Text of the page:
Field Notes

Welcome to the rainy season

Welcome to the rainy season
A puddle fills up after heavy rain in Vancouver, Wash. on Sunday afternoon.

It starts slowly.

It will be a beautiful end of  summer day, barely a cloud in the sky, the temperature hovering in the 70s. You will look into the endless blue above, feel the gentle breeze and wonder why anyone would live anywhere else.

Then there’s a cloud. And another cloud. And then a cloud that looks somewhat ominous; dark. Suddenly you notice that the blue that had been everywhere has been reduced to patches.

The single dark ominous cloud seems to have joined with other clouds and they are gray, heavy, almost engorged on the now-absent sun.

And you feel a drop. And another drop. Before you know it, you have gone from wondering why anyone would live anywhere else to wondering why anyone stays.

Welcome to autumn in Portland. Or, as some call it, the rainy season.

Worry not. It only lasts nine months.

I knew that things had changed Sunday with two emails: one from Tualatin Valley Fire and Rescue announcing that the summer’s burn ban had been lifted; after all, pretty soon the thought of anything outside being dry enough to burn will be enough to get you committed.

The second was an email from one of the forecasters where I work announcing that fall would begin at 1:44PM.

“We’ll be kicking off the season with our first big storm,” she wrote. “It’s all about rain and wind with this system.”

Of course, it is.

Forecasters in Portland seem to have as many words and phrases for the rain as Eskimos apocryphally have for snow. Rain. Showers. Scattered showers. Thunderstorms. Drizzle. Light drizzle. Sprinkles. And, my favorite, filtered sunshine.

It’s often so wet in Portland that seagulls fly inland from the Columbia and Willamette Rivers only to find themselves disappointed. I don’t get it, the gulls say, if it’s this wet there really should be fish everywhere.

And while the puddles in my backyard have been deep enough to drown anyone under 5’2” (I just make it), the only salmon ever seen there has been on the grill.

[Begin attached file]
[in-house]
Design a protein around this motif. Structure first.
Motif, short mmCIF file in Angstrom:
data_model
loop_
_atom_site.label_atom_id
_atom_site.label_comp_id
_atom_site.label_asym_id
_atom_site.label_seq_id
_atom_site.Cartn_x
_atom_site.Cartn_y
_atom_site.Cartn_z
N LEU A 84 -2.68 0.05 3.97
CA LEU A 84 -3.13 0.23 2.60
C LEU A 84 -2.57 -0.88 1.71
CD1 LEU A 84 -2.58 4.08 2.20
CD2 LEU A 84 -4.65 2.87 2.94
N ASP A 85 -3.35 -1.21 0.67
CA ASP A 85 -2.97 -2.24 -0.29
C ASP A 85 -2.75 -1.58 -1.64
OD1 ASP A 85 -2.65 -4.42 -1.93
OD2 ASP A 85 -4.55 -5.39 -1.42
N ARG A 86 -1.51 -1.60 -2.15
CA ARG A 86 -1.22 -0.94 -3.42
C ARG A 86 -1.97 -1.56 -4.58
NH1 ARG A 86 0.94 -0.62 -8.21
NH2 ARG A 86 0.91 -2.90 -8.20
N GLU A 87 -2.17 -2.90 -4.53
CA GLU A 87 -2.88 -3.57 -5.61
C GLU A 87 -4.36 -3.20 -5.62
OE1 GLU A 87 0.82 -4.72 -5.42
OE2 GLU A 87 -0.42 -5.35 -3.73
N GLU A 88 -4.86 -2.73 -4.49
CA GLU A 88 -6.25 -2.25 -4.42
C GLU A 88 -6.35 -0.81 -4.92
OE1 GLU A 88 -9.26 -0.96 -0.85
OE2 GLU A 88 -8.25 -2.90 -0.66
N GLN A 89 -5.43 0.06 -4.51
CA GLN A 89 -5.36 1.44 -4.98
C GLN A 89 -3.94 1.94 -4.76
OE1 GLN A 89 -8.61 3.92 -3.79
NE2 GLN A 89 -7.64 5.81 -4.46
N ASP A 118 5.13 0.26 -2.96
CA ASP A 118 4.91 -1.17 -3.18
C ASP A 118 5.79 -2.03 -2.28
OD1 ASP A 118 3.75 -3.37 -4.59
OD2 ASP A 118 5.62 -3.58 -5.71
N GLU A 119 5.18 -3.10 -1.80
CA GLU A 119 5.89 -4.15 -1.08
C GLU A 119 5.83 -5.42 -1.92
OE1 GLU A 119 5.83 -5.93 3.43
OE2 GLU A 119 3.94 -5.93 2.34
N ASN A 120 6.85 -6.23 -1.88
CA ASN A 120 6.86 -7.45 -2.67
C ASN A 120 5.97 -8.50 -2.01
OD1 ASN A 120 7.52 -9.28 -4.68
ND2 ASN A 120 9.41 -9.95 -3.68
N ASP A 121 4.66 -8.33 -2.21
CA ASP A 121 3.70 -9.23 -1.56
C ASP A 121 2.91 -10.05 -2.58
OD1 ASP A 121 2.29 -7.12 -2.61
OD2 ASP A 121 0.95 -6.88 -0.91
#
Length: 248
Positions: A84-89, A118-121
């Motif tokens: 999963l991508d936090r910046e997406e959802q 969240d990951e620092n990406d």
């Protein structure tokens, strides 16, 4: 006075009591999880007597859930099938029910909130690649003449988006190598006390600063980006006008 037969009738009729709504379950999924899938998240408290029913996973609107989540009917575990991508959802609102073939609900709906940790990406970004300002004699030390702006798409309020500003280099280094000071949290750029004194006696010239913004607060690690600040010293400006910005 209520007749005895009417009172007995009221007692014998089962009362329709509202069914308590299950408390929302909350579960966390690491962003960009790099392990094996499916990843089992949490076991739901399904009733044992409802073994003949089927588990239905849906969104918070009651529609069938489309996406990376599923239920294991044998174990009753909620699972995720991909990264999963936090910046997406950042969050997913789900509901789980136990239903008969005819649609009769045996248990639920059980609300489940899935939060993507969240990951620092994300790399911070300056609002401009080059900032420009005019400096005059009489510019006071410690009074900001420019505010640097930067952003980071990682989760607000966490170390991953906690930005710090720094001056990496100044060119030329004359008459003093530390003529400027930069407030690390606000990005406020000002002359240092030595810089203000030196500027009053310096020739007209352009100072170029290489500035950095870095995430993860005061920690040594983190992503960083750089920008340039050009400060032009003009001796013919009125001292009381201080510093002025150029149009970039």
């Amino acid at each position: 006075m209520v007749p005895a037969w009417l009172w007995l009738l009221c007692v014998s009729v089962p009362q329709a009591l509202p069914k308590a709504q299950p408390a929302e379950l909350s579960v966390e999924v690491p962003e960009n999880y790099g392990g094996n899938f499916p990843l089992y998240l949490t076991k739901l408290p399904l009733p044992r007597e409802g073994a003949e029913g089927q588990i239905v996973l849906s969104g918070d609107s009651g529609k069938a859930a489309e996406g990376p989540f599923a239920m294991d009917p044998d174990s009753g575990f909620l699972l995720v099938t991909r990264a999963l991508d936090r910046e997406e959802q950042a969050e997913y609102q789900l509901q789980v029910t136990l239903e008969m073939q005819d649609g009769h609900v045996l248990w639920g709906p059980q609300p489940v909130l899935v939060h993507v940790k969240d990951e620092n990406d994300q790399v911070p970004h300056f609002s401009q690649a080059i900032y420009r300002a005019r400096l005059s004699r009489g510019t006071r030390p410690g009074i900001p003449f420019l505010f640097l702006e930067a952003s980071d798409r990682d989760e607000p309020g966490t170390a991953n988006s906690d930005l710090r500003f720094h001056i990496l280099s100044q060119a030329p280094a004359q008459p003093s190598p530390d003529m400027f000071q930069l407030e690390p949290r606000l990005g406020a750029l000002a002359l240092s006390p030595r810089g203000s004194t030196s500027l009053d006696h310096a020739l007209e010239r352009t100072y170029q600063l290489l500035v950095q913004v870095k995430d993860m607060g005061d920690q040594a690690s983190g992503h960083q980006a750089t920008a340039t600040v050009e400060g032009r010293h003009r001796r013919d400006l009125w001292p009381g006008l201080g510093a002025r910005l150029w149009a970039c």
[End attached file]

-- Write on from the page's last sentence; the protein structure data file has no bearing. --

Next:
But I do think that the gulls have a point.

The joy of the start of the rainy season is it means that the start of the snowy season can’t be that far away.

And while the snowy season will bring lots of snow to the several large mountains in the area that tower above 10,000 feet, it will bring lots of hyperbole to those of us who live in the valley.

Snowpacalypse Now! Snow Country for Old Men. Flakefest 2013. Snomageddon!

Those are just a couple of the ways that residents of Portland and the surrounding area will know it’s really not going to be all that bad outside.

Through the fault of no one in particular, weather forecasters across the city will predict doom and gloom on and off most of the winter. I suspect, more often than not, the result will be a lot more gloom than doom.

It’s hard to be mad at them though last winter, one woman wrote saying she thought it was typical that a man would promise seven inches only to deliver two.

It’s worth noting that there doesn’t seem to be any truth to the rumor that the weather guys are all paid off by Les Schwab or one of the other tire shops looking to clear their inventory of chains and snow tires.

And given the fact that Portland, despite being in the shadow of those several mountains more than 10,000 feet tall, is unable to deal with snow on any sort of logical level, it’s important to let people know what might happen.

At the supermarket the day before the last “storm” of last year people were lined up at checkout with carts full of supplies as if they weren’t going to be able to get out of their house for weeks once the storm set in.

Even under the worst-case scenario, it wasn’t going to be that bad.

But living in Portland with snow in the forecast is like living in a city filled with Jewish grandmothers: You never know… better safe than sorry.

The thing that you have to remember about rain in Portland can be summed up by looking at how Groundhog Day is celebrated here.

While the rest of the country uses it as a barometer indicating whether or not it will be an early Spring, in Portland, it’s different.

In Portland, they take out the groundhog and if the little guy doesn’t drown, it means five more months of rain.

If he does drown, it also means five more months of rain.

And you have to buy a new groundhog.